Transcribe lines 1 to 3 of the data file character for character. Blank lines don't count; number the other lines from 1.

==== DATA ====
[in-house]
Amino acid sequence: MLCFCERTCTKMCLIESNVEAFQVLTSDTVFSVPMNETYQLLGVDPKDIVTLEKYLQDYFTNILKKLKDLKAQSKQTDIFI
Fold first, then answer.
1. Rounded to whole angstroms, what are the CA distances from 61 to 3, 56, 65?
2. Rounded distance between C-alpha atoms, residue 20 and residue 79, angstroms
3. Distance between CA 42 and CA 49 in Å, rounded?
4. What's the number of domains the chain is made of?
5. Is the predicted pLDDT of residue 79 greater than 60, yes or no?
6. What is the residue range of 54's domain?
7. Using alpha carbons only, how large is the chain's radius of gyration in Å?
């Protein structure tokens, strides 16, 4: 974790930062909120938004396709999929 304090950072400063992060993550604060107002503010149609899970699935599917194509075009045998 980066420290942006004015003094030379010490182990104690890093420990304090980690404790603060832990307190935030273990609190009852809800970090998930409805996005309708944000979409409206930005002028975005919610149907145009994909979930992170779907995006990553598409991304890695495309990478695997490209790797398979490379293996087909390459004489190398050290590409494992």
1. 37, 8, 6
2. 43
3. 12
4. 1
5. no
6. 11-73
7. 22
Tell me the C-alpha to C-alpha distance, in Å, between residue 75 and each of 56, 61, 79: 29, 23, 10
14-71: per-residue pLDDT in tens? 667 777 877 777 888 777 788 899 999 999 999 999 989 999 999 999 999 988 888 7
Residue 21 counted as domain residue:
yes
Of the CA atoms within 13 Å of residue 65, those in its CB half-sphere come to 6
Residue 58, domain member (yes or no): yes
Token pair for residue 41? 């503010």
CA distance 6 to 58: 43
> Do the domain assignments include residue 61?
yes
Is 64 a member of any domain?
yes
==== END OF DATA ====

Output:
[in-house]
Amino acid sequence: MLCFCERTCTKMCLIESNVEAFQVLTSDTVFSVPMNETYQLLGVDPKDIVTLEKYLQDYFTNILKKLKDLKAQSKQTDIFI
Fold first, then answer.